In his seminal essay “The Bias of Communication” Harold Innis distinguishes between time-based and space-based media.Time-based media such as stone or clay, Innis agues, can be seen as durable, while space-based media such as paper or papyrus can be understood as portable, more fragile than stone but more powerful because capable of transmission, diffusion, connections across space.
Speculating on this distinction, Innis develops an account of civilization grounded in the ways in which media forms shape trade, religion, government, economic and social structures, and the arts. Our current era of prolonged and profound transition is surely as media-driven as the historical cultures Innis describes.
His division between the durable and the portable is perhaps problematic in the age of the computer, but similar tensions define our contemporary situation. Digital communications have increased exponentially the speed with which information circulates. Moore's Law continues to hold, and with it a doubling of memory capacity every two years; we are poised to reach transmission speeds of 100 terabits per second, or something akin to transmitting the entire printed contents of the Library of Congress in under five seconds.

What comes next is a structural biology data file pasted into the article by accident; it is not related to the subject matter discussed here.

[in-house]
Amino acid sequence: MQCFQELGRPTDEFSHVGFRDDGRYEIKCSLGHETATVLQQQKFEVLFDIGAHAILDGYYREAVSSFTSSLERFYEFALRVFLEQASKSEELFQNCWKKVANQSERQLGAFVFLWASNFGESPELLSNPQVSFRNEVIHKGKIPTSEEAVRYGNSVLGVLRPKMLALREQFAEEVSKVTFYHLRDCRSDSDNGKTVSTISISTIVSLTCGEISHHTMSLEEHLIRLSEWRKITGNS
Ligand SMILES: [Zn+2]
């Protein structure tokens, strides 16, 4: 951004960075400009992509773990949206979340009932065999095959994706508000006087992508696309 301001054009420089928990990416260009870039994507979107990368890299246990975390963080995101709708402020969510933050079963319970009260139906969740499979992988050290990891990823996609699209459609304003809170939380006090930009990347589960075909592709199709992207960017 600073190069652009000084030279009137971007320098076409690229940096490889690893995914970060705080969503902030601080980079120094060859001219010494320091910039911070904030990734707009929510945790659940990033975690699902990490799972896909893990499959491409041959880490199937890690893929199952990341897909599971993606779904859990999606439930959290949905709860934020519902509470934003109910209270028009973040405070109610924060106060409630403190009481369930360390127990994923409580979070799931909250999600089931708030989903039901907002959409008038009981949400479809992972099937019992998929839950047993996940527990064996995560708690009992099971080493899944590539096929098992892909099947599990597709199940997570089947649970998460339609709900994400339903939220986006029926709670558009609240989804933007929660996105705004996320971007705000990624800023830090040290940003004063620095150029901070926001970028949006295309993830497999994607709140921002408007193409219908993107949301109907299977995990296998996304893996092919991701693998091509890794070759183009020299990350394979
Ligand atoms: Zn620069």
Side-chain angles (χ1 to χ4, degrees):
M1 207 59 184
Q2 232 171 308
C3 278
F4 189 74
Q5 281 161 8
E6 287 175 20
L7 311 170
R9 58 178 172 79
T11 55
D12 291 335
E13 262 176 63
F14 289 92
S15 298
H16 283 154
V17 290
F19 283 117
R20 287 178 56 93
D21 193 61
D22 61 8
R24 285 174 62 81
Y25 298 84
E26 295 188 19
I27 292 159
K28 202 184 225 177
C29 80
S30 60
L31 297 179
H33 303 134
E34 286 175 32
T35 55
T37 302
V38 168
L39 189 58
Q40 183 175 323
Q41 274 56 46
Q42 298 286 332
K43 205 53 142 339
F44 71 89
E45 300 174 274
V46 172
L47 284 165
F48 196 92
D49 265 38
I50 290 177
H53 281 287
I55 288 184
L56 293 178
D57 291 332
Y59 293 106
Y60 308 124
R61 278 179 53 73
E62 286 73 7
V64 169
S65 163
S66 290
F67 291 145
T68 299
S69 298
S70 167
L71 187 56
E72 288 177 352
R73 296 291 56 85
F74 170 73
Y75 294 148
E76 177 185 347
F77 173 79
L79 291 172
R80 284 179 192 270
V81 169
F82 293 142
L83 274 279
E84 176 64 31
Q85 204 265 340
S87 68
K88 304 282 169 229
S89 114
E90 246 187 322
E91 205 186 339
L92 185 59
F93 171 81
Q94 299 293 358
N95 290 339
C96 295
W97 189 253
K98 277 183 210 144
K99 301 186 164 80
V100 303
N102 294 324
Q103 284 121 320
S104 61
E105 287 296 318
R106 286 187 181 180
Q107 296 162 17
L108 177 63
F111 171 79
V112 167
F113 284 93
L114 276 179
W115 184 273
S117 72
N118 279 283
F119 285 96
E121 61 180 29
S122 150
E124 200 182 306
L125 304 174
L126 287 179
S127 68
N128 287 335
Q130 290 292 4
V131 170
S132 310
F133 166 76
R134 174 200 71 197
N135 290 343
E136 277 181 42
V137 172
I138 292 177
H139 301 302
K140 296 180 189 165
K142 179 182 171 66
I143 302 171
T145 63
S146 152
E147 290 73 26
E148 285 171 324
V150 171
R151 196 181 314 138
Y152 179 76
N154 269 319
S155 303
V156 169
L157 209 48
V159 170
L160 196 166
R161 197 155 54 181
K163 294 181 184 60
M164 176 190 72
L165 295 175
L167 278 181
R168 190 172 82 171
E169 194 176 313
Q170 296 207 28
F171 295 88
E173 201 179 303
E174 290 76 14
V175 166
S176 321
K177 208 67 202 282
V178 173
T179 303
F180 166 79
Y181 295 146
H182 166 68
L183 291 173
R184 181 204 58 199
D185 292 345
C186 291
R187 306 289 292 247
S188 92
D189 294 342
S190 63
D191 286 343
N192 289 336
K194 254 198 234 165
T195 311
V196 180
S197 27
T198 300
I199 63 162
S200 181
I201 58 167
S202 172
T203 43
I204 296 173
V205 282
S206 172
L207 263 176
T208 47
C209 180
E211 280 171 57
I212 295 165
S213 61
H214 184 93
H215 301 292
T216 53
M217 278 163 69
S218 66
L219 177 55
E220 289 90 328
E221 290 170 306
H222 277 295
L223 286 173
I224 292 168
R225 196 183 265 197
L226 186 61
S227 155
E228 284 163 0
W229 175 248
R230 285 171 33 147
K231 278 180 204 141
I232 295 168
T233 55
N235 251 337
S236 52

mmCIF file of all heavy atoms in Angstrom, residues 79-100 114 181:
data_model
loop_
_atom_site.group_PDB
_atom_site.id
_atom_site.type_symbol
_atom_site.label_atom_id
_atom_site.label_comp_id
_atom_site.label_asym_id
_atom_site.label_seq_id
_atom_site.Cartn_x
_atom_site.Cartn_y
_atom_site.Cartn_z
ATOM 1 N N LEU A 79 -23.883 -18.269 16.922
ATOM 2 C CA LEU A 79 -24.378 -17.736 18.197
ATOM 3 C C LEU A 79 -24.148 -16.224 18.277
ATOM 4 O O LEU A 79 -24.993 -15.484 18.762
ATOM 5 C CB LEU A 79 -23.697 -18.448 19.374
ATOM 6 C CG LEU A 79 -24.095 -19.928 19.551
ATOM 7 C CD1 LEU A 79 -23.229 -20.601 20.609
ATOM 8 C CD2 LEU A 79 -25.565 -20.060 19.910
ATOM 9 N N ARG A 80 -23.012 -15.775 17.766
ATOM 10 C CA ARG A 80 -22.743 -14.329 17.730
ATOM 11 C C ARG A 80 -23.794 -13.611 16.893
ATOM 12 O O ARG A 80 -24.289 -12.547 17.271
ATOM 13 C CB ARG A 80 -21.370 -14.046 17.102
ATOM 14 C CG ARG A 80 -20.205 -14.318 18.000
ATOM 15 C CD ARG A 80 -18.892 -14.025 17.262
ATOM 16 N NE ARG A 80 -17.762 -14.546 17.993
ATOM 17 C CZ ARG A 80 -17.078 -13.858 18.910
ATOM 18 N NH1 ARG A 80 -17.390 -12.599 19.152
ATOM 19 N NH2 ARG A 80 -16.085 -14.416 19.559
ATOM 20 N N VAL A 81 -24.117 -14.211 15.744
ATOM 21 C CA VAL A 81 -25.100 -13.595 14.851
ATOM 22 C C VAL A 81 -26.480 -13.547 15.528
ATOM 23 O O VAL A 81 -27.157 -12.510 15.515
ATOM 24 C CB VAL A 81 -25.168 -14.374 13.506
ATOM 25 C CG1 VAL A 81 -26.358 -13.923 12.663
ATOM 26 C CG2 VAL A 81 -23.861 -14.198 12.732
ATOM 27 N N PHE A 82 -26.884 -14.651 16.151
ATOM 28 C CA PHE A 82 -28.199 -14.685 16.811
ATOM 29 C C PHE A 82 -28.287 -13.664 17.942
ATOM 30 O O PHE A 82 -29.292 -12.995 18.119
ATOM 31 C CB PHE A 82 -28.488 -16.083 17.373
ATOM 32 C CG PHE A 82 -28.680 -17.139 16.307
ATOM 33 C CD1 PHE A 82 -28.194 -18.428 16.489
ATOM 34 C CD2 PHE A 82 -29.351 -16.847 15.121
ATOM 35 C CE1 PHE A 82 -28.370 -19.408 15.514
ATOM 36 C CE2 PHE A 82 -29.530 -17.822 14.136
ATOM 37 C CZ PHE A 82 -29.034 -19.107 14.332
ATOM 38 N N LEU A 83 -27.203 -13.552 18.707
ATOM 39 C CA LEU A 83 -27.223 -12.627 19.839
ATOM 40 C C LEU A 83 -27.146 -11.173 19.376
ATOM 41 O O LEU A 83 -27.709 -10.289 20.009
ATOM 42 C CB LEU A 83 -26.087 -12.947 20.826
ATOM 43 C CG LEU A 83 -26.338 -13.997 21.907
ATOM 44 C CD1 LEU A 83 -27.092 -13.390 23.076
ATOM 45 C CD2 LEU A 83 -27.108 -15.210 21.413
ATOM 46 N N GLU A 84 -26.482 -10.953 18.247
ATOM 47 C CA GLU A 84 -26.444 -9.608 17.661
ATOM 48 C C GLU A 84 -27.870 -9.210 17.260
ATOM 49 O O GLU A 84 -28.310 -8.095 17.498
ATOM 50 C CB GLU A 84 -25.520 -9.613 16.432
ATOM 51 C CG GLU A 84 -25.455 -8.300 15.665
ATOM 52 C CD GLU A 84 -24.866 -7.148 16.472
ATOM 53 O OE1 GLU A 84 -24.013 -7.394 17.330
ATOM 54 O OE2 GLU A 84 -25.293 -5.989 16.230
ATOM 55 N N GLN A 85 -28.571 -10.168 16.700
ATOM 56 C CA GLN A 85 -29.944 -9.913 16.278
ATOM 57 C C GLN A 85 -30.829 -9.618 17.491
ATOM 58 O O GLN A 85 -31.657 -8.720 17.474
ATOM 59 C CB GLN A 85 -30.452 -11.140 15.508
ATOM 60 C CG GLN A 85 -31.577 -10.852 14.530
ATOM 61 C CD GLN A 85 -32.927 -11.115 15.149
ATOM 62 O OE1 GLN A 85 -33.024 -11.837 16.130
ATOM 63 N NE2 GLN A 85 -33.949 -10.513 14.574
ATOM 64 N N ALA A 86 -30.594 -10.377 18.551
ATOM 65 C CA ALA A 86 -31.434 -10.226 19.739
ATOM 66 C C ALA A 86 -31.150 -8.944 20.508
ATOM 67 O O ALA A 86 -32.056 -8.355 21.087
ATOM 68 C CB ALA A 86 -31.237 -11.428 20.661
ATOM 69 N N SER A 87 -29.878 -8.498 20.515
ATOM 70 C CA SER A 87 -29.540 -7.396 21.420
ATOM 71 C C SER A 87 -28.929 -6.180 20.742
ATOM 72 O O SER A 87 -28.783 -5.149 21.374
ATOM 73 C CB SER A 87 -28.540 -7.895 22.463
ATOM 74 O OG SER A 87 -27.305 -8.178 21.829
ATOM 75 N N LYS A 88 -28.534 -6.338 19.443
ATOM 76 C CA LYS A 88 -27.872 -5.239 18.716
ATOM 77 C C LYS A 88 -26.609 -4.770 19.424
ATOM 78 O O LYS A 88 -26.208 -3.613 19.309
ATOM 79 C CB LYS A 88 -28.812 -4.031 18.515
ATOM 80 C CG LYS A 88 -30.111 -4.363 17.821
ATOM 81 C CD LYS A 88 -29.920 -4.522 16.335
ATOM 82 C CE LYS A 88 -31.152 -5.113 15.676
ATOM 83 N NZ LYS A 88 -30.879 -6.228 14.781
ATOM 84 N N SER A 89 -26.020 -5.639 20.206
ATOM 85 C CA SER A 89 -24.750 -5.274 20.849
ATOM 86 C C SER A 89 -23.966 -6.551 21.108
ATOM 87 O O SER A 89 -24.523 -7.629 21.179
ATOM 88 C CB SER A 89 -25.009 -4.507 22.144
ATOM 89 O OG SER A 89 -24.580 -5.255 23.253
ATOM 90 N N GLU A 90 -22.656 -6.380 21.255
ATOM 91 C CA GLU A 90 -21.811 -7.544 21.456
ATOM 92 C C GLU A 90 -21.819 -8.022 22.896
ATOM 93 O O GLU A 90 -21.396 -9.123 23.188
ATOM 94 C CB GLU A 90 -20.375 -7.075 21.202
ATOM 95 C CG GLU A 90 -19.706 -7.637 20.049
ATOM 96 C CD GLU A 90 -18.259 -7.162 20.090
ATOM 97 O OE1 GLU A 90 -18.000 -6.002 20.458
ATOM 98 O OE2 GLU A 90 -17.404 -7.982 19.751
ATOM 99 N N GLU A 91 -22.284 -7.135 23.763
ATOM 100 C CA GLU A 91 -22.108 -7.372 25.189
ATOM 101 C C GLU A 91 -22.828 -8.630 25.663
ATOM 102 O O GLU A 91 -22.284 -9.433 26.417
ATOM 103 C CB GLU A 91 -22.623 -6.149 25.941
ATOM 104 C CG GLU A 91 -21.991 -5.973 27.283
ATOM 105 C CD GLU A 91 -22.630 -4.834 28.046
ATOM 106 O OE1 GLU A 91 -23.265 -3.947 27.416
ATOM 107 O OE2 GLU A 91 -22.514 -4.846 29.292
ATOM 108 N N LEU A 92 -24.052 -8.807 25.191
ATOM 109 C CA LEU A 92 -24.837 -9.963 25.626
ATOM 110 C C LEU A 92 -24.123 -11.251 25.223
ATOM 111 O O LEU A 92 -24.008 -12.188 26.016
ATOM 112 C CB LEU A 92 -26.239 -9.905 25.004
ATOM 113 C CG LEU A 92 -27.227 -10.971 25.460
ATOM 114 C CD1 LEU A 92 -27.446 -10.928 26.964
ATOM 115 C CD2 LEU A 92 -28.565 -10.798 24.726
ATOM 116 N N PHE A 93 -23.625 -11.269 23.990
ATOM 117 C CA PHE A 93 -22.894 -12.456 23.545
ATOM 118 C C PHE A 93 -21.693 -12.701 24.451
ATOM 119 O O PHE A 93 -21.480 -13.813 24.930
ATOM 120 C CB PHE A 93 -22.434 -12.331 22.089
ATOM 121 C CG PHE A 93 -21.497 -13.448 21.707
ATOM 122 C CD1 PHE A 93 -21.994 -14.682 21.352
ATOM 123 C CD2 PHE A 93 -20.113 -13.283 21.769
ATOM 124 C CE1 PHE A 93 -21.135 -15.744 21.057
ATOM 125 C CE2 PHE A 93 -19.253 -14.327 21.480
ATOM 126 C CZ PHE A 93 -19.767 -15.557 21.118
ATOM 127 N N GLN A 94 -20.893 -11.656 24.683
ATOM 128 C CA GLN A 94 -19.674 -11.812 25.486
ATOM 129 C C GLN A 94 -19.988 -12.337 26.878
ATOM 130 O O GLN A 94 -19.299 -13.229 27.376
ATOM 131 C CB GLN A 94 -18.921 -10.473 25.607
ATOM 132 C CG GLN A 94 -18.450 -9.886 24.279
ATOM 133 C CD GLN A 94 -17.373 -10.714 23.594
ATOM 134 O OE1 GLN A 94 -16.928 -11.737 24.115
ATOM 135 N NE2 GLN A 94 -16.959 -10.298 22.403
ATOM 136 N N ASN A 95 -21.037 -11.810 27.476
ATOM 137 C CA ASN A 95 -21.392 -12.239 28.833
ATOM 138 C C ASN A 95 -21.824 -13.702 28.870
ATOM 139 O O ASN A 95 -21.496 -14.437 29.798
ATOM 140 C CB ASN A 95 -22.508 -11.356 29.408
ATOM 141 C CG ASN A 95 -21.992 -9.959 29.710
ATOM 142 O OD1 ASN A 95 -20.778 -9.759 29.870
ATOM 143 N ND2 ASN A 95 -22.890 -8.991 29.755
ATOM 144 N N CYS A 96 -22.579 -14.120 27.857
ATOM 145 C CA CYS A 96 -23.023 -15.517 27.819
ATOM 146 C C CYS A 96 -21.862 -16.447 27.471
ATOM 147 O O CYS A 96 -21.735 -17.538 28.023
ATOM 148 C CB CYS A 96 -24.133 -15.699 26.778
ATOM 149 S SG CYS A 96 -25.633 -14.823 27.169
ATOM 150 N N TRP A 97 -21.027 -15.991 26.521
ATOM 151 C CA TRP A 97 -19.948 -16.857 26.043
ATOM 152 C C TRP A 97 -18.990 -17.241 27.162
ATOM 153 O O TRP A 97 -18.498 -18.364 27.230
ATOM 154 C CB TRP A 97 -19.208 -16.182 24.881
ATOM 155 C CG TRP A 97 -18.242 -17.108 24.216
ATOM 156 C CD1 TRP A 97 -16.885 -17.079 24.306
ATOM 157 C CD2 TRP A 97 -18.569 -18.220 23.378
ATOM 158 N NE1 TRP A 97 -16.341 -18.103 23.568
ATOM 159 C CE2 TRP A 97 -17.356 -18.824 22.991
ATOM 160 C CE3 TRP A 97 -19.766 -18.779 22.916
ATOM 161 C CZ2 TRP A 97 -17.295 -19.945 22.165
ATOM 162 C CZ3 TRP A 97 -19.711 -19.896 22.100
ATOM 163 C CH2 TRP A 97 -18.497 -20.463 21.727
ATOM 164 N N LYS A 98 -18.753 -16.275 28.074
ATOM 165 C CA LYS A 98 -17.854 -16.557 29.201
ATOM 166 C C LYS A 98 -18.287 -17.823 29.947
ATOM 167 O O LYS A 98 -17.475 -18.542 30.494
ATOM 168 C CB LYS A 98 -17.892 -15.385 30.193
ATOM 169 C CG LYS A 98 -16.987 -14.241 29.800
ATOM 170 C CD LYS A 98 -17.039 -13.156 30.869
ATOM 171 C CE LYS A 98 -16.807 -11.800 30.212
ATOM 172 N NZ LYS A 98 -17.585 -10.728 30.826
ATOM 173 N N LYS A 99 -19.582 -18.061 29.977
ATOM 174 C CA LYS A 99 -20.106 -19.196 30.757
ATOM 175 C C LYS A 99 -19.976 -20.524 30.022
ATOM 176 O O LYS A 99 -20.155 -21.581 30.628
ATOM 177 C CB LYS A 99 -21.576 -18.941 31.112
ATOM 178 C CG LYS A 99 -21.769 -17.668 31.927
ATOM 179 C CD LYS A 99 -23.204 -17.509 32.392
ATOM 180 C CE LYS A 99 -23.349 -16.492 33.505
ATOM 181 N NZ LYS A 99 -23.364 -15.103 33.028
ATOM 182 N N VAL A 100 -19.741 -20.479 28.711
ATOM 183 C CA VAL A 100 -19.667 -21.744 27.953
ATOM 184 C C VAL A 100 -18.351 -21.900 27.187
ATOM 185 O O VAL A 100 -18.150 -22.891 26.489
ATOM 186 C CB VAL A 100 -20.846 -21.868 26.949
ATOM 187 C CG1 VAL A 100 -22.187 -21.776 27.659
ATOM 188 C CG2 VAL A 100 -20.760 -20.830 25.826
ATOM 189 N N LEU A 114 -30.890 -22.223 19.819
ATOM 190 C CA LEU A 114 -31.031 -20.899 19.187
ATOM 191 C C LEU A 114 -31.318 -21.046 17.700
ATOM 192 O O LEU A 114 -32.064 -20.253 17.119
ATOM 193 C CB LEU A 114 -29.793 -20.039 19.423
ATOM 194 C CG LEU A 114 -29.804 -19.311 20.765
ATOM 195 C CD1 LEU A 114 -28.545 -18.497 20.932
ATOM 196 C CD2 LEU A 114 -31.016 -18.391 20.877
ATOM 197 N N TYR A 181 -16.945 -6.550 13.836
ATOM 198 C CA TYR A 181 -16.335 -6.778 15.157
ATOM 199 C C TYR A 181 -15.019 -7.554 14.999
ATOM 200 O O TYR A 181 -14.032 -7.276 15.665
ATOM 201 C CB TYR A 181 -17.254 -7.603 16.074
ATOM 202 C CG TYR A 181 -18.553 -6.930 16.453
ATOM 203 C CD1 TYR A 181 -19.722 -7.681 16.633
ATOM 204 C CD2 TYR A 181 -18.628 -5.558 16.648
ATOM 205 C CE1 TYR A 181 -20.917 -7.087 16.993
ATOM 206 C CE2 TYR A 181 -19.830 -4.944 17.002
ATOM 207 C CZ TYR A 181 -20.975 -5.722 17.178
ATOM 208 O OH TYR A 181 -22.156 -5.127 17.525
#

Such developments are simultaneously exhilarating and terrifying. They profoundly challenge efforts to maintain access to the vast printed and audio-visual inheritance of analog culture as well as efforts to understand and preserve the immense, enlarging universe of text, image and sound available in cyberspace. What are the implications of these trends for historians who seek to understand the place of media in our own culture?
What challenges confront librarians and archivists who must supervise the migration of print culture to digital formats and who must also find ways to preserve and catalogue the vast and increasing range of words and images generated by new technologies? How are shifts in distribution and circulation affecting the stories we tell, the art we produce, the social structures and policies we construct?
What are the implications of this tension between storage and transmission for education, for individual and national identities, for notions of what is public and what is private? We invite papers from scholars, journalists, media creators, teachers, writers and visual artists on these broad themes. Potential topics include: